November 27, 2009
The following stories from the November 27, 2009, edition of AOPA ePilot were provided to AOPA members who expressed an interest in the particular subject areas. Any AOPA member can receive information tailored to their areas of interest by updating their preferences online.
One topic always sure to get a conversation going among pilots is crosswinds and how to take off and land in them—especially land. Crosswinds are as variable in nature as the weather itself, so be sure that your practical training delves deeply into the subject. Many pilots confess lack of confidence in their crosswind technique, or feel that they didn’t get enough exposure to serious crosswinds as student pilots. (See such a discussion in the AOPA Aviation Forums.)
Don’t delay remedying that problem! “The truth is, it really doesn't matter what size airplane you're flying, crosswind technique is crosswind technique. Pilots who don't learn how to cope with crosswinds early on never seem to learn to cope with them—that's why it's so important to learn now,” wrote Christopher L. Parker in the April 2006 AOPA Flight Training feature “ Crosswind Tutorial.” See his four steps to performing better crosswind landings.
And here’s a tip for keeping tabs on your crosswind work: Be sure to record, or have your flight instructor record in your training documentation, the winds—speed and direction—in which you have practiced on dual and solo flights. That way you’ll preserve the details of how much crosswind you have handled and how it felt. If winds were gusty or variable, write it down, and then evaluate its effects on that day’s session.
Suppose you’re landing on Runway 9 in winds from 140 at 25 knots. What’s the crosswind component of those values? The headwind component? Being able to estimate crosswind component is helpful when you tune in the ATIS broadcast and hear the winds and weather while inbound for landing. Estimating will be easier if you have practiced making calculations during ground training sessions. How to calculate crosswind and headwind components (and answers to the questions above) is given in “ AOPA’s Handbook for Pilots.”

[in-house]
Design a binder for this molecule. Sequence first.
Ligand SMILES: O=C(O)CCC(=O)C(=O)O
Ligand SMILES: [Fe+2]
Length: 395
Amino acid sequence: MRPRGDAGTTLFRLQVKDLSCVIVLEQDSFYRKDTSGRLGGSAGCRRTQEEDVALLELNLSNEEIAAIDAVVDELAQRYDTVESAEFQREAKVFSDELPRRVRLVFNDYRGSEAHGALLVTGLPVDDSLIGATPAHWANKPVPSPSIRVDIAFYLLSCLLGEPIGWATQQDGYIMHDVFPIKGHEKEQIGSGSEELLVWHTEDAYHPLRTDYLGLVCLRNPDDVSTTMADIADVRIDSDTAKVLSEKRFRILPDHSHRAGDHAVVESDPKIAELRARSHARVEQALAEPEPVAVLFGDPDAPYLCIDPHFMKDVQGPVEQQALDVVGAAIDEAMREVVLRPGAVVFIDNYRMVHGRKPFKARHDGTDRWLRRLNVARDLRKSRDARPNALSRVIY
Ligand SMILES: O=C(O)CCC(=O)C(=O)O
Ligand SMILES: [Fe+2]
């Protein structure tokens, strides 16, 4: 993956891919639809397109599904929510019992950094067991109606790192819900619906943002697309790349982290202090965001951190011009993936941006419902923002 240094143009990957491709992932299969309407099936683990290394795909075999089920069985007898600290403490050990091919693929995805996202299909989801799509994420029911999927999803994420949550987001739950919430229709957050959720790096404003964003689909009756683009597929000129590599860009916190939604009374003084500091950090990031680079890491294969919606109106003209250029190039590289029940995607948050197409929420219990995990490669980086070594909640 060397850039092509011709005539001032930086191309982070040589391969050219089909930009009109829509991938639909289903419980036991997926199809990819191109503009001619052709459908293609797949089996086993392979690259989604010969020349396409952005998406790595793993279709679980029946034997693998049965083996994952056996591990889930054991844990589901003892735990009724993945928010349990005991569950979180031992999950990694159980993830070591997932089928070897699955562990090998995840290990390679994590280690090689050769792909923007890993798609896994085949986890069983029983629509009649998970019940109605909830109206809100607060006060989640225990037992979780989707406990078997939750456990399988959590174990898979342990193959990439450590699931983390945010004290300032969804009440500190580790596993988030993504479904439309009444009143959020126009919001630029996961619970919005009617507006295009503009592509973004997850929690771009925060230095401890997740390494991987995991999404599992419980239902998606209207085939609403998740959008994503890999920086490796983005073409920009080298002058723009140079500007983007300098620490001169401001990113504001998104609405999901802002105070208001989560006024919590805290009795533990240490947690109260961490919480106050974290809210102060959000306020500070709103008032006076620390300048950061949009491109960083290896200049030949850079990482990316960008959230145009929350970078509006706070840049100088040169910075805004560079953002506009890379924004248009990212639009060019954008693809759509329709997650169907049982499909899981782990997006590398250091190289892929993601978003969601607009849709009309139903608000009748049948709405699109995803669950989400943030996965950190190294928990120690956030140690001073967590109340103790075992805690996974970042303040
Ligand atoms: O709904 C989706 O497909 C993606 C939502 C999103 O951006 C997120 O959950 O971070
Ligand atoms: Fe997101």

As discussed in the Nov. 20 “ Training Tip: Say request,” sometimes a pilot may want to ask air traffic control for an alternate plan of action. If more than one runway is available at a tower-controlled airport, don’t hesitate to request to use the runway best aligned with the wind if conditions are difficult.
Confidence comes from practice; caution comes from knowing your limits.
Looking for a new place to connect with other pilots? Social Aviation offers a Facebook-like interface for creating a profile, storing back-up flight logs, posting and sharing photos, and meeting like-minded people. Privacy settings allow you to establish a profile anyone can see, or only invited friends, or just you. The service is free.
Note: Products listed have not been evaluated by ePilot editors unless otherwise noted. AOPA assumes no responsibility for products or services listed or for claims or actions by manufacturers or vendors.
Question: I am very interested in a career in aviation, but I am not interested in flying for the major airlines. Does AOPA have any resources that provide information about flying careers other than the airlines?
Answer: There are dozens of professional flying opportunities besides the airlines. AOPA’s subject report, Flying Careers, profiles many different career options and provides information on how to get started.
Got a question for our technical services staff? E-mail email@example.com or call the Pilot Information Center, 800/872-2672. Don’t forget the online archive of "Final Exam" questions and answers, searchable by keyword or topic.
The FAA has asked the National Transportation Safety Board to review a judge’s ruling reversing a fine it levied in an unmanned-aircraft case.
The Tucson Soaring Club is trying to grow the sport by training the next generation of glider pilots.
Able Flight has received and $8,000 check from the AOPA Foundation.
AOPA thanks our members for their continued support in protecting the freedom to fly.